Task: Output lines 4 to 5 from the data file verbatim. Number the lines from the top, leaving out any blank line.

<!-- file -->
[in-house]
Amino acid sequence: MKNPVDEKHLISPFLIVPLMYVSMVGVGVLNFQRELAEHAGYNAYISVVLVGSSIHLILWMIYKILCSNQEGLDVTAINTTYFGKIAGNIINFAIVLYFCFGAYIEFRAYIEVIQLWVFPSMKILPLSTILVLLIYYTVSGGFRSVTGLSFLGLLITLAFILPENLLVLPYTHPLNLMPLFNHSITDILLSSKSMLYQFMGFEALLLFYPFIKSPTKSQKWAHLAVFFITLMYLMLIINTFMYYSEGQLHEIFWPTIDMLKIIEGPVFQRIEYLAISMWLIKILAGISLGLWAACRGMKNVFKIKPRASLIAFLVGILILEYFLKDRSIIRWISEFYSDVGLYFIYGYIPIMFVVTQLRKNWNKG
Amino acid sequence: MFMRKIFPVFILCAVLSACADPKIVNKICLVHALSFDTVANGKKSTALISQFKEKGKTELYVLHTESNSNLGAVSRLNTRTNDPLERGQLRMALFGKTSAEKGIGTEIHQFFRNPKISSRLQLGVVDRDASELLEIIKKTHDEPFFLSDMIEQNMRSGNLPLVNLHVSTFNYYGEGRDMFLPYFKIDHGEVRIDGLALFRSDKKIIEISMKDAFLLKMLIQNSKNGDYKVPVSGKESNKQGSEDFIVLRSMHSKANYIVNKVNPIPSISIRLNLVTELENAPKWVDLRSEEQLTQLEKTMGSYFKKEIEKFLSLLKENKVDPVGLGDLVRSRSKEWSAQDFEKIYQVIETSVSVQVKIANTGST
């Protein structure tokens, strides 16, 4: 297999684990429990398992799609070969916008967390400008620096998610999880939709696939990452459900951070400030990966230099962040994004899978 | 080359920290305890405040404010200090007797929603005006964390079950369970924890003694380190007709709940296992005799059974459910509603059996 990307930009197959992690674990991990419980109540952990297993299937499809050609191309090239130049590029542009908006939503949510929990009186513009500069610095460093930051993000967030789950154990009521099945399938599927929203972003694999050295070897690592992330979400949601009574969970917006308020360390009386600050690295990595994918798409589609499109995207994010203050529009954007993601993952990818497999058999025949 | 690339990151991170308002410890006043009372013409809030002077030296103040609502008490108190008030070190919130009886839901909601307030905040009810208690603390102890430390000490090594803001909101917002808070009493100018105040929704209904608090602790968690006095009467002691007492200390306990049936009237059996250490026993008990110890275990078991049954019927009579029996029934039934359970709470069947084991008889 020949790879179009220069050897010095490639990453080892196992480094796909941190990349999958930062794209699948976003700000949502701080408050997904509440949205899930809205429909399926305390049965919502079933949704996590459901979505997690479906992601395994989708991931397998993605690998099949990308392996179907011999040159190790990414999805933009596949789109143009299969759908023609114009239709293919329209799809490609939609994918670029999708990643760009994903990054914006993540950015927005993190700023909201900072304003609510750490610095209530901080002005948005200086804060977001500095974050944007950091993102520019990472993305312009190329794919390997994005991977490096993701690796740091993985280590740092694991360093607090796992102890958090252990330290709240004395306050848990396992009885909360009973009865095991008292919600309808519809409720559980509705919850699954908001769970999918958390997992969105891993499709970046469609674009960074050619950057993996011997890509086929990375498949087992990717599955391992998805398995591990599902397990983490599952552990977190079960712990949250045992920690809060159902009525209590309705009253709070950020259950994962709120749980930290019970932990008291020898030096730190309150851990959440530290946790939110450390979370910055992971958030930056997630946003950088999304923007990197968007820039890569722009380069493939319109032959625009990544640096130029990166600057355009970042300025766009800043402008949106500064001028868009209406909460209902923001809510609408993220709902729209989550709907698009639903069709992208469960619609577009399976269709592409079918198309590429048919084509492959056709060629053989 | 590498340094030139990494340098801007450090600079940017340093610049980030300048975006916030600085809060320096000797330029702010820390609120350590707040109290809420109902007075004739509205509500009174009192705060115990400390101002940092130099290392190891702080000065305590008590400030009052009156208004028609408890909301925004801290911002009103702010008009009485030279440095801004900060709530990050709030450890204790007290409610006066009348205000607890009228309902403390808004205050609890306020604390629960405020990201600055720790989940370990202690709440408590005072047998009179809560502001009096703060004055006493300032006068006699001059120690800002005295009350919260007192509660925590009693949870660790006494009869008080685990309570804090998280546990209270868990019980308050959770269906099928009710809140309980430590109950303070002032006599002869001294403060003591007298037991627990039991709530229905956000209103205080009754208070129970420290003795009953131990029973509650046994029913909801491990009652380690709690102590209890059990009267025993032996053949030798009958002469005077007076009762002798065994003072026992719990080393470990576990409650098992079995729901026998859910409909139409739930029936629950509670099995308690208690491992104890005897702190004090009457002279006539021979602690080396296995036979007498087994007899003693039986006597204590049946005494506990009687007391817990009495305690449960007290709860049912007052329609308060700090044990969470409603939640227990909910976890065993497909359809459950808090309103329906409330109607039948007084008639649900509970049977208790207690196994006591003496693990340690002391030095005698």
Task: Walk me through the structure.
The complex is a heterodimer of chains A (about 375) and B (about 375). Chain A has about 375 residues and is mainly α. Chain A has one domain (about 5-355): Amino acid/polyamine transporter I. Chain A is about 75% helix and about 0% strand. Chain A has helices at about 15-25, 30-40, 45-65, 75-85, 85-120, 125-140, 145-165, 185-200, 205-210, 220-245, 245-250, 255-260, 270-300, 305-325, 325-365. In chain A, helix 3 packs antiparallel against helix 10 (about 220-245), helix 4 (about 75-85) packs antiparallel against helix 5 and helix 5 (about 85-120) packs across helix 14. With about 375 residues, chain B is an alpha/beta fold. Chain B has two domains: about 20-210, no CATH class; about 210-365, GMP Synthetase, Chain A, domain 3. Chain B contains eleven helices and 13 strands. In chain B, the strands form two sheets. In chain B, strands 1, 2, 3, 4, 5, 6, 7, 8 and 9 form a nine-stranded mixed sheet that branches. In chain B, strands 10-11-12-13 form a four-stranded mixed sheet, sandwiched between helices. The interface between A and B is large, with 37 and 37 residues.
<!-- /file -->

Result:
């Protein structure tokens, strides 16, 4: 297999684990429990398992799609070969916008967390400008620096998610999880939709696939990452459900951070400030990966230099962040994004899978 | 080359920290305890405040404010200090007797929603005006964390079950369970924890003694380190007709709940296992005799059974459910509603059996 990307930009197959992690674990991990419980109540952990297993299937499809050609191309090239130049590029542009908006939503949510929990009186513009500069610095460093930051993000967030789950154990009521099945399938599927929203972003694999050295070897690592992330979400949601009574969970917006308020360390009386600050690295990595994918798409589609499109995207994010203050529009954007993601993952990818497999058999025949 | 690339990151991170308002410890006043009372013409809030002077030296103040609502008490108190008030070190919130009886839901909601307030905040009810208690603390102890430390000490090594803001909101917002808070009493100018105040929704209904608090602790968690006095009467002691007492200390306990049936009237059996250490026993008990110890275990078991049954019927009579029996029934039934359970709470069947084991008889 020949790879179009220069050897010095490639990453080892196992480094796909941190990349999958930062794209699948976003700000949502701080408050997904509440949205899930809205429909399926305390049965919502079933949704996590459901979505997690479906992601395994989708991931397998993605690998099949990308392996179907011999040159190790990414999805933009596949789109143009299969759908023609114009239709293919329209799809490609939609994918670029999708990643760009994903990054914006993540950015927005993190700023909201900072304003609510750490610095209530901080002005948005200086804060977001500095974050944007950091993102520019990472993305312009190329794919390997994005991977490096993701690796740091993985280590740092694991360093607090796992102890958090252990330290709240004395306050848990396992009885909360009973009865095991008292919600309808519809409720559980509705919850699954908001769970999918958390997992969105891993499709970046469609674009960074050619950057993996011997890509086929990375498949087992990717599955391992998805398995591990599902397990983490599952552990977190079960712990949250045992920690809060159902009525209590309705009253709070950020259950994962709120749980930290019970932990008291020898030096730190309150851990959440530290946790939110450390979370910055992971958030930056997630946003950088999304923007990197968007820039890569722009380069493939319109032959625009990544640096130029990166600057355009970042300025766009800043402008949106500064001028868009209406909460209902923001809510609408993220709902729209989550709907698009639903069709992208469960619609577009399976269709592409079918198309590429048919084509492959056709060629053989 | 590498340094030139990494340098801007450090600079940017340093610049980030300048975006916030600085809060320096000797330029702010820390609120350590707040109290809420109902007075004739509205509500009174009192705060115990400390101002940092130099290392190891702080000065305590008590400030009052009156208004028609408890909301925004801290911002009103702010008009009485030279440095801004900060709530990050709030450890204790007290409610006066009348205000607890009228309902403390808004205050609890306020604390629960405020990201600055720790989940370990202690709440408590005072047998009179809560502001009096703060004055006493300032006068006699001059120690800002005295009350919260007192509660925590009693949870660790006494009869008080685990309570804090998280546990209270868990019980308050959770269906099928009710809140309980430590109950303070002032006599002869001294403060003591007298037991627990039991709530229905956000209103205080009754208070129970420290003795009953131990029973509650046994029913909801491990009652380690709690102590209890059990009267025993032996053949030798009958002469005077007076009762002798065994003072026992719990080393470990576990409650098992079995729901026998859910409909139409739930029936629950509670099995308690208690491992104890005897702190004090009457002279006539021979602690080396296995036979007498087994007899003693039986006597204590049946005494506990009687007391817990009495305690449960007290709860049912007052329609308060700090044990969470409603939640227990909910976890065993497909359809459950808090309103329906409330109607039948007084008639649900509970049977208790207690196994006591003496693990340690002391030095005698």
Task: Walk me through the structure.